The transition for the Housing Authority, he said, is a move from public housing “to a project-based residence fund, which allows for a more steady source of income, not relying on what may or may not come from Congress.”

He said that funding can increase or decrease from year to year.

The effort at Fairmont Homes is coupled with the city and county efforts to revitalize the area, Dull said, noting the SPLOST-funded projects at Fairmont Park and Heritage Park, as well as the efforts to combat blighted and substandard housing.

He said a windshield survey of housing, where people were taking pictures from the outside, has provided a snapshot of 9,800 dwellings in Griffin.

“We have a lot of substandard housing in Griffin and Spalding County,” Dull said. “This is a recognition that substandard housing is not acceptable.”

“It’s time we talk about the facts, it’s time we recognize and expose it for the purpose that we need more dollars to do something about it,” Dull said.

He said the survey is part of the city’s effort to be certified as a Planned First city, which qualifies it for more grants and funding.

“They only provide funding to cities that care, and we’ve got it for the past three years,” Dull said.

HUD (Housing and Urban Development), he said, is pushing “further affirming fair housing plans” and the survey and the revitalization efforts so far have put Griffin ahead in that.

The transition at Fairmont Homes and Nine Oaks, along with the work done at the former Meriwether Homes, totals about $63 million that has be leveraged in public and private partnership. There are two buildings going up on Meriwether, Dull said, “a senior building at the Oaks, behind the Police Department, and another senior building, right on the ninth hole of the golf course at City Park.”


  • By Ray Lightner, Griffin Daily News August 4


Little Free Library Book Drop now at WellStar Spalding Regional

WellStar Spalding Regional Hospital announced the opening of its “Little Free Library Book Drop” outside the entrance to the hospital’s Women’s Center.

The library site opened on July 10.

Rock Springs Christian Academy art teacher Grace Anderson and her students designed the look of Spalding Regional’s box. Art students Taylor Jones and Larissa Prince created the actual box on hand for the opening.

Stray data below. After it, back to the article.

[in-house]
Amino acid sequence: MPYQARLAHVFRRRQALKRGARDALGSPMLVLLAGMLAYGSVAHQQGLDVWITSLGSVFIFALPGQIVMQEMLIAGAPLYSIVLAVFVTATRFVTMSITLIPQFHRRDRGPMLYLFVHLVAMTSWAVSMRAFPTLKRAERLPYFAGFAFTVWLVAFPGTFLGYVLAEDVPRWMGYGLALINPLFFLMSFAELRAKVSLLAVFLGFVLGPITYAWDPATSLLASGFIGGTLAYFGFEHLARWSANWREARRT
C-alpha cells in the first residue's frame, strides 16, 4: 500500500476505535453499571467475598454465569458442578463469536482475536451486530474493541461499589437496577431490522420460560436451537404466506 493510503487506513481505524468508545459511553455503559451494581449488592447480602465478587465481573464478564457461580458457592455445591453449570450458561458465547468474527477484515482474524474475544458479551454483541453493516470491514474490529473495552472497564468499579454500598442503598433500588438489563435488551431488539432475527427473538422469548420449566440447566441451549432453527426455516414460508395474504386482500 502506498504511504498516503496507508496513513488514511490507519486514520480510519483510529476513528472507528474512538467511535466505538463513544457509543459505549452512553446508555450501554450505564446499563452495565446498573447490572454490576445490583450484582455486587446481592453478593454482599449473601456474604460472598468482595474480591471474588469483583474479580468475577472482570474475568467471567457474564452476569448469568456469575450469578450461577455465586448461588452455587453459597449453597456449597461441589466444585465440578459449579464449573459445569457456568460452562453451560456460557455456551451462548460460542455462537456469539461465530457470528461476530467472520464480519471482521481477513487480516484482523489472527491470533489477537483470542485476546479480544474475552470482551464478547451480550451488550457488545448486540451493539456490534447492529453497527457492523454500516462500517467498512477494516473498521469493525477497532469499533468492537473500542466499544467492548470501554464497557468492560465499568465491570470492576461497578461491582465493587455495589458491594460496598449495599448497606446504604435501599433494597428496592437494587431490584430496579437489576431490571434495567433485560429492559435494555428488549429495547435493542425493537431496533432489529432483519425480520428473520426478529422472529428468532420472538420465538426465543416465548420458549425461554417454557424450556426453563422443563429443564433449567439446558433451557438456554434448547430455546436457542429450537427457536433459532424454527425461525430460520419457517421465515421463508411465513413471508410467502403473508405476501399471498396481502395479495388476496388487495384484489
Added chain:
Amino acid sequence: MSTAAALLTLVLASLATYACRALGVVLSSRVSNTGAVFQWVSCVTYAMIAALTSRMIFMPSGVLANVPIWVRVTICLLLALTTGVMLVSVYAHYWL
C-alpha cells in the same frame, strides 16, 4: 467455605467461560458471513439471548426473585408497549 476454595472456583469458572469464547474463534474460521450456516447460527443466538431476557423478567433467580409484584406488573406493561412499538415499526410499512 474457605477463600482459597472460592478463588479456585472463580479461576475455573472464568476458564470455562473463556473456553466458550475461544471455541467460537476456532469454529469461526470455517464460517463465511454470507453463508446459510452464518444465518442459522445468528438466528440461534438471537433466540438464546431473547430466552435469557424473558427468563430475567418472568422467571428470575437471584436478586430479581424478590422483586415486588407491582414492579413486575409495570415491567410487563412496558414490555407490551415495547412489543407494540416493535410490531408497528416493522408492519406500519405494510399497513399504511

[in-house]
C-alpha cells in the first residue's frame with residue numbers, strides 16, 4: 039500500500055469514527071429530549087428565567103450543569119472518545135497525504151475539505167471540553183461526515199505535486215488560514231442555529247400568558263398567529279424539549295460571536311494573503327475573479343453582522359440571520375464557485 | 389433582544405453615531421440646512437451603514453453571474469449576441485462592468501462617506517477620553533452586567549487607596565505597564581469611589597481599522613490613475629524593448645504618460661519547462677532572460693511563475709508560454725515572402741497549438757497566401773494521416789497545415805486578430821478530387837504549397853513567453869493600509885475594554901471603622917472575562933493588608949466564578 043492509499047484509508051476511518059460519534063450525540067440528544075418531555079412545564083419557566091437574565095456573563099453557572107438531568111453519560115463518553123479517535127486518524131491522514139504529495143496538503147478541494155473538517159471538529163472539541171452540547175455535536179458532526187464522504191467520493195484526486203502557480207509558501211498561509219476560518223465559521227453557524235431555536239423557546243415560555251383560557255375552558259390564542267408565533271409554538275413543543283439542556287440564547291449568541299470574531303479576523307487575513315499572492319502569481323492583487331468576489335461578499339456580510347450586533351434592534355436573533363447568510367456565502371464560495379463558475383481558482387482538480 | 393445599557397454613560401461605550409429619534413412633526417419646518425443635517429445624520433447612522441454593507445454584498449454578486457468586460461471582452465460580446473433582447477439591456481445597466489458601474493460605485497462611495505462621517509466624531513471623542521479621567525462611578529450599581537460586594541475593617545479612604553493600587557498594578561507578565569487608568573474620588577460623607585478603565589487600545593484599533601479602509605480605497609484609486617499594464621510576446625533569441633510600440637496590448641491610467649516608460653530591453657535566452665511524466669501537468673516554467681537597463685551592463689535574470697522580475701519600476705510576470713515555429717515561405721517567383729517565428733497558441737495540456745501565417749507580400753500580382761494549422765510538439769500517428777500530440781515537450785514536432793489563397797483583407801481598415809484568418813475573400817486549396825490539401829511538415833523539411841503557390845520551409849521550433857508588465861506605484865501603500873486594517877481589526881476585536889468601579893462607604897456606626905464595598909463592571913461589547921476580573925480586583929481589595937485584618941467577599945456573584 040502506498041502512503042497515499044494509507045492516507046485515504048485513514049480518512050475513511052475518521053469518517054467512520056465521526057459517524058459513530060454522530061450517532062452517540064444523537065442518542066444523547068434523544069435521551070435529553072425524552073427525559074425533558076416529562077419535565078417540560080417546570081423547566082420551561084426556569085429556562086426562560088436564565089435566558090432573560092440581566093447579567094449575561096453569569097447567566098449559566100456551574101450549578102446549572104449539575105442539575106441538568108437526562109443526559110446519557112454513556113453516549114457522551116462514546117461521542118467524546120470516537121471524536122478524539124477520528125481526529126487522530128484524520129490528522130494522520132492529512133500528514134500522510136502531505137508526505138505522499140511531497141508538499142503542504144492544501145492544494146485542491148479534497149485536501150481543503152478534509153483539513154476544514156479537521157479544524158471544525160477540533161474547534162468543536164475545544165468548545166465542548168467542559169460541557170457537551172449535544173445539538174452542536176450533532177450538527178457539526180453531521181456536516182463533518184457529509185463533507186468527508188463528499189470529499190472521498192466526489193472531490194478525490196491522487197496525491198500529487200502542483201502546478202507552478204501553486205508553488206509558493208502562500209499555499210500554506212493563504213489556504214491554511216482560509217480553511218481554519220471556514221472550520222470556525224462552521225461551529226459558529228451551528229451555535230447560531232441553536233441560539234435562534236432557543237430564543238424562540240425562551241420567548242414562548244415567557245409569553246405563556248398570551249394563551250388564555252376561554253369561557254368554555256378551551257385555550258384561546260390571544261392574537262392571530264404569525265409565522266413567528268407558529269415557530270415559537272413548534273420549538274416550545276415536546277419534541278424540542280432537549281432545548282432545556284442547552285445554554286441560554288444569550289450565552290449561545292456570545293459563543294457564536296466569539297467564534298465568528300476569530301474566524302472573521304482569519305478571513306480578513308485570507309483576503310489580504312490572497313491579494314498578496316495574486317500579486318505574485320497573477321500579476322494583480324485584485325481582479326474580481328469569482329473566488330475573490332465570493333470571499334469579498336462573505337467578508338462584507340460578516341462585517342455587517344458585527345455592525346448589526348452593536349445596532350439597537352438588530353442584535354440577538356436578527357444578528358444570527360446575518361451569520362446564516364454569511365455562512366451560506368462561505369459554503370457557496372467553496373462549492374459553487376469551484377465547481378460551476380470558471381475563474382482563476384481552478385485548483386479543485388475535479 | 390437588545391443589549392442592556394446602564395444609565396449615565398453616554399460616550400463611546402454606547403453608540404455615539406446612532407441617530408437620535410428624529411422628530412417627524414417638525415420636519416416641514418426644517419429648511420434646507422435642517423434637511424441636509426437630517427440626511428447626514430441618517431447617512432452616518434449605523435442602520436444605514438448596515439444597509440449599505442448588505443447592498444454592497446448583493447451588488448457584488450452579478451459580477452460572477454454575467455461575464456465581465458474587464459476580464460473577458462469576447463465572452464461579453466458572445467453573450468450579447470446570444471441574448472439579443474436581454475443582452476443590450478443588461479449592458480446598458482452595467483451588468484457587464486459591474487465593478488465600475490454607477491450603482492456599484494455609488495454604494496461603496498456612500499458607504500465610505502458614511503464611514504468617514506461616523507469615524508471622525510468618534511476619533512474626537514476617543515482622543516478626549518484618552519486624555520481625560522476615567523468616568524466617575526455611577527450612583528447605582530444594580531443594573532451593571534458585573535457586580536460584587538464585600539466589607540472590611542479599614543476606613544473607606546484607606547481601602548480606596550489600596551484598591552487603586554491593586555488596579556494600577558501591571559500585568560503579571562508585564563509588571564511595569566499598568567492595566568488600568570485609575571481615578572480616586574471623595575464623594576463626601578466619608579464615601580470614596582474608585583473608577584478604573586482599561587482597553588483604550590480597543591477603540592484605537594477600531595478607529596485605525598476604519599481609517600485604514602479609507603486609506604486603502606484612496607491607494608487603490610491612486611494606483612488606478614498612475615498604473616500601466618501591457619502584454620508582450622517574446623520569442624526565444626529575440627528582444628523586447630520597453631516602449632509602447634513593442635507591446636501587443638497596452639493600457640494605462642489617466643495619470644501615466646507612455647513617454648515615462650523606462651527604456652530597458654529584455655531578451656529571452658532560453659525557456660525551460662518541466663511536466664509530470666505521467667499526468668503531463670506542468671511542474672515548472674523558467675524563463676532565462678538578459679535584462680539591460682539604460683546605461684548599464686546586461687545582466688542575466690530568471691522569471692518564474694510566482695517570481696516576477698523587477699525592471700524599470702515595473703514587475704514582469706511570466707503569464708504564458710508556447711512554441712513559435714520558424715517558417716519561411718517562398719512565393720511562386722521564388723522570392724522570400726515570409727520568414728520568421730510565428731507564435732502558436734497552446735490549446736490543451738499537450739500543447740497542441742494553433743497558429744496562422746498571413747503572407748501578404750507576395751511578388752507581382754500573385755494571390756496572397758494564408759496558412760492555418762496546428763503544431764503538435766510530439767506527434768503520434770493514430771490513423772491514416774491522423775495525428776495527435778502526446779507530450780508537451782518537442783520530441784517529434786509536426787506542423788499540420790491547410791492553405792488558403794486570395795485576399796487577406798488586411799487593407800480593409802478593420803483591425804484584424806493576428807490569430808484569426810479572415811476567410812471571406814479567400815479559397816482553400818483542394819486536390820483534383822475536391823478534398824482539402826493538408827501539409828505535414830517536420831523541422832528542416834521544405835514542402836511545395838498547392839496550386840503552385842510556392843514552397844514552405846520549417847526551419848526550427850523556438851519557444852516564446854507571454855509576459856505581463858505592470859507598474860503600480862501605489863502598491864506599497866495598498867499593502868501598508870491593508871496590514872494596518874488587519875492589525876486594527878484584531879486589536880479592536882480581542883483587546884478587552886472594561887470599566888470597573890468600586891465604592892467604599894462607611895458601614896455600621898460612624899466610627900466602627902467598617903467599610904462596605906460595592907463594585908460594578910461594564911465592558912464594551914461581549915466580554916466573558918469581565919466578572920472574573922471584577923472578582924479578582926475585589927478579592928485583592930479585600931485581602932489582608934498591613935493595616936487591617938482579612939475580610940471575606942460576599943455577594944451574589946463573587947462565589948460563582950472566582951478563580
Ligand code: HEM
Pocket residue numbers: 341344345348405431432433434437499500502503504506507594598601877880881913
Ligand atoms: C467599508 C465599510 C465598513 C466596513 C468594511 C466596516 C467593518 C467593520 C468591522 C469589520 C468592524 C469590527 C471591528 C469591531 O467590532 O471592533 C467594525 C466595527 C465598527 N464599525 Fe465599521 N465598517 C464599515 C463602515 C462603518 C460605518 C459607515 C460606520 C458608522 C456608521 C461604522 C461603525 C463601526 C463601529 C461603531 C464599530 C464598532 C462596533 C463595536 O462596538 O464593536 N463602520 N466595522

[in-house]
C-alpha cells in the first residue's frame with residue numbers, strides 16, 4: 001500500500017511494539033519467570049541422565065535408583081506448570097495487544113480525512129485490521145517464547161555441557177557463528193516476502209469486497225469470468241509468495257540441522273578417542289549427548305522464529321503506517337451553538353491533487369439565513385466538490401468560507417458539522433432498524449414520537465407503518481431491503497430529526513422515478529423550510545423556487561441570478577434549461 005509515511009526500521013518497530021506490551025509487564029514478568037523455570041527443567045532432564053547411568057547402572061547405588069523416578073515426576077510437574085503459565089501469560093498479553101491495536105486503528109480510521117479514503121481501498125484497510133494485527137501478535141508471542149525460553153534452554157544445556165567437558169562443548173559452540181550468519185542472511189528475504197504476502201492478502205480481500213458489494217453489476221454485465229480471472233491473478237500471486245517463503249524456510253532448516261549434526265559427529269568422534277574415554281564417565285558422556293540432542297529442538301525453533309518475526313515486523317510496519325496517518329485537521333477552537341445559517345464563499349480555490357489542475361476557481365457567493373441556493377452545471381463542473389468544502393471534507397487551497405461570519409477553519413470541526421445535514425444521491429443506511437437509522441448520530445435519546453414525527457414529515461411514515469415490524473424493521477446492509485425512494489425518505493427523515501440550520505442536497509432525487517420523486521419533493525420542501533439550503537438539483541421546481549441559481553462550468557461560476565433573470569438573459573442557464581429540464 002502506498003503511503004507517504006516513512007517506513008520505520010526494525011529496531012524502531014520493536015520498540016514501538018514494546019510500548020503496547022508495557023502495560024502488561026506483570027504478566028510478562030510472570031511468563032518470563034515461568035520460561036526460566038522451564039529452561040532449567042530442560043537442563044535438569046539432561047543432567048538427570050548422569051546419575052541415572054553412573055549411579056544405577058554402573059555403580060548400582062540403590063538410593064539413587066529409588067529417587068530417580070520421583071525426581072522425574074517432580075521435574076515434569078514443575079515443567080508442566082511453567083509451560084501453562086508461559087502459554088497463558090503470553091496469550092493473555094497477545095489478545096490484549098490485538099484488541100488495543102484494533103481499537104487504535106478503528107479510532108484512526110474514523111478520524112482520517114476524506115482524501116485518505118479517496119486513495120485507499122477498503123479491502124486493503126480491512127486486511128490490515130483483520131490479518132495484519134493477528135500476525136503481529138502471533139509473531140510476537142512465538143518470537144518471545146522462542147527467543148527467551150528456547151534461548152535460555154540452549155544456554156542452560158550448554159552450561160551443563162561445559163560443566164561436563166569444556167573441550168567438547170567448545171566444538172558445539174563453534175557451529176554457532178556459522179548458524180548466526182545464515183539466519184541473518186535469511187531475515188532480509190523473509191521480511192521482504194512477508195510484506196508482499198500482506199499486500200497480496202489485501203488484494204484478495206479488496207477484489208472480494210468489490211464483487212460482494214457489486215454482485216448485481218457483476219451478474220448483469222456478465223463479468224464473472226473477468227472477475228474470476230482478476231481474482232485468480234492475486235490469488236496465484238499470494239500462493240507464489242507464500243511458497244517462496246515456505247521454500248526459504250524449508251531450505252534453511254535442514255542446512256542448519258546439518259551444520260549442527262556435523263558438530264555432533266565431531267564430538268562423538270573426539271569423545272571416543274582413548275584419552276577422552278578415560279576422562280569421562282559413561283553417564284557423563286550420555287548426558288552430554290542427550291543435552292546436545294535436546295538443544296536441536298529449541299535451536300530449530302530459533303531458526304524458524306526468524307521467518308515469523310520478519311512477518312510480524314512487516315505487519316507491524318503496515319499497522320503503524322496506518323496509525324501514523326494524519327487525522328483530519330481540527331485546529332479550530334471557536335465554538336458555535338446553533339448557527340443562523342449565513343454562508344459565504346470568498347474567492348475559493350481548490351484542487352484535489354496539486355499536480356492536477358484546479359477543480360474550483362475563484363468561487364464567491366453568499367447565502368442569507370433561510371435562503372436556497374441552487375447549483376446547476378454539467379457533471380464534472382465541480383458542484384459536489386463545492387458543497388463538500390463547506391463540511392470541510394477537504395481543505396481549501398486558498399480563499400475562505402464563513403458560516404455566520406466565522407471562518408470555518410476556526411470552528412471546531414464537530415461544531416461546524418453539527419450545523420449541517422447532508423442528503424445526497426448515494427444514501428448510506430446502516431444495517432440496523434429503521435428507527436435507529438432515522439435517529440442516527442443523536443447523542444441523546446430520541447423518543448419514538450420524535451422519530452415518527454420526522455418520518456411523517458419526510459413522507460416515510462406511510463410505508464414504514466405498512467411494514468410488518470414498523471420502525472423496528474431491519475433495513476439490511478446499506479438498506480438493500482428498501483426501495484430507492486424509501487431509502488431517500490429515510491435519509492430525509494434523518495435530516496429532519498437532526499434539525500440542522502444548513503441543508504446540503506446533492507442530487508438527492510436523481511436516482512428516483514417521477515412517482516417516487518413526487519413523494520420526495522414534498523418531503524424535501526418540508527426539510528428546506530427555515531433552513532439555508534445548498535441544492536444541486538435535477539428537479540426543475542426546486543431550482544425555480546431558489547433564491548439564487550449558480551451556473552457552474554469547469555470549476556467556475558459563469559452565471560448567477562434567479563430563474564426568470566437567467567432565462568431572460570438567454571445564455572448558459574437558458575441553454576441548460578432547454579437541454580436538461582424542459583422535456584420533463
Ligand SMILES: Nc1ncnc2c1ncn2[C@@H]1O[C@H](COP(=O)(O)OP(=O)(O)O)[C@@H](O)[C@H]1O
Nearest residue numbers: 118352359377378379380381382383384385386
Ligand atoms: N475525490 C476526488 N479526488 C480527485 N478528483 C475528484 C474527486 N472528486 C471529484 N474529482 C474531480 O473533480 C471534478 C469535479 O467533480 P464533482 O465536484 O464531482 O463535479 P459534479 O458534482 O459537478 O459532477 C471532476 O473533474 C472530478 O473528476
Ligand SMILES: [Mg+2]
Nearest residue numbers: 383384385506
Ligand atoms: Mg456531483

The “Little Free Library” is a new initiative of the Spalding Collaborative, whose focus is to build lending libraries providing books to children where they might not have access to the Spalding library.

The Collaborative goal is to have 12 or more new lending libraries in 2017, and add additional libraries in 2018.

The libraries operate through the honor system of “take a book, give a book.” The collaborative determines the library locations and also seeks organizations to either buy or build a library, and be responsible as stewards for their individual library.

WellStar Spalding Regional’s book drop is the first to open in the county to gather books and provide an inventory for all of these libraries.

This inventory system was the project conceived and organized by a Griffin-Spalding Leadership 2017 team — Kathleen Smith of the WellStar Foundation, Kim Stephens of WellStar Spalding Regional Hospital, Andrea Dunson and Dale Ammons of First National Bank, and Fred Rudbeck of Georgia Power.

This group designed a program to obtain books through larger organizations in the community and also allow the community at large to donate children’s books through these new book drops. Each book drop host, such as WellStar Spalding Regional, delivers all the books to First National Bank of Griffin who built an inventory system to house and assist in distribution of the books needed to supply the “Little Free Libraries.”

“Our goal was to provide a sustainable and manageable inventory system to support the “Little Free Libraries” well into the future, allowing our community’s children access to reading no matter where they are,” Griffin-Spalding Leadership Team Leader Kathleen Smith said. “Our team had a great time organizing this project and now on behalf of all of us, we invite you to donate books for all our kids.”

Donate new or gently-used children’s and young adult books, for reading ages 5 to 18 anytime 24 hours a day. The books will then supply the “Little Free Libraries.”

Submitted to Griffin Daily News by
Jennifer Hudson
WellStar Spalding Regional Hospital
Senior Marketing Strategist